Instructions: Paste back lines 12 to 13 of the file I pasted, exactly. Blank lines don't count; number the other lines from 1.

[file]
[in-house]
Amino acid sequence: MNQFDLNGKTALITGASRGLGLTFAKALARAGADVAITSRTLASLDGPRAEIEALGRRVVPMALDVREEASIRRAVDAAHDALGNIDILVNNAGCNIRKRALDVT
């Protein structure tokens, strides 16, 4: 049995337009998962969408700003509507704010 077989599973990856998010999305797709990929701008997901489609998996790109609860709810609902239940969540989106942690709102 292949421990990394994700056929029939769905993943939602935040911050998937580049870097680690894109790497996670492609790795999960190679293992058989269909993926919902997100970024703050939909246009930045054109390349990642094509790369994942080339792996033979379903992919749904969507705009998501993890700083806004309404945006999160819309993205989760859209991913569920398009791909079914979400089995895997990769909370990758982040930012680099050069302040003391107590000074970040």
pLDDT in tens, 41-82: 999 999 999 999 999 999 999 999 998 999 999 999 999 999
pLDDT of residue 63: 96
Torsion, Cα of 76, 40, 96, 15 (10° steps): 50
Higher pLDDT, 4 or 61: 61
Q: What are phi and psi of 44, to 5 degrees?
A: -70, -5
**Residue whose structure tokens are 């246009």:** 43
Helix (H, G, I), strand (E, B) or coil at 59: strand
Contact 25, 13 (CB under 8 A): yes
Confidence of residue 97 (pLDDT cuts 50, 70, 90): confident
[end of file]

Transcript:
Contact 25, 13 (CB under 8 A): yes
Confidence of residue 97 (pLDDT cuts 50, 70, 90): confident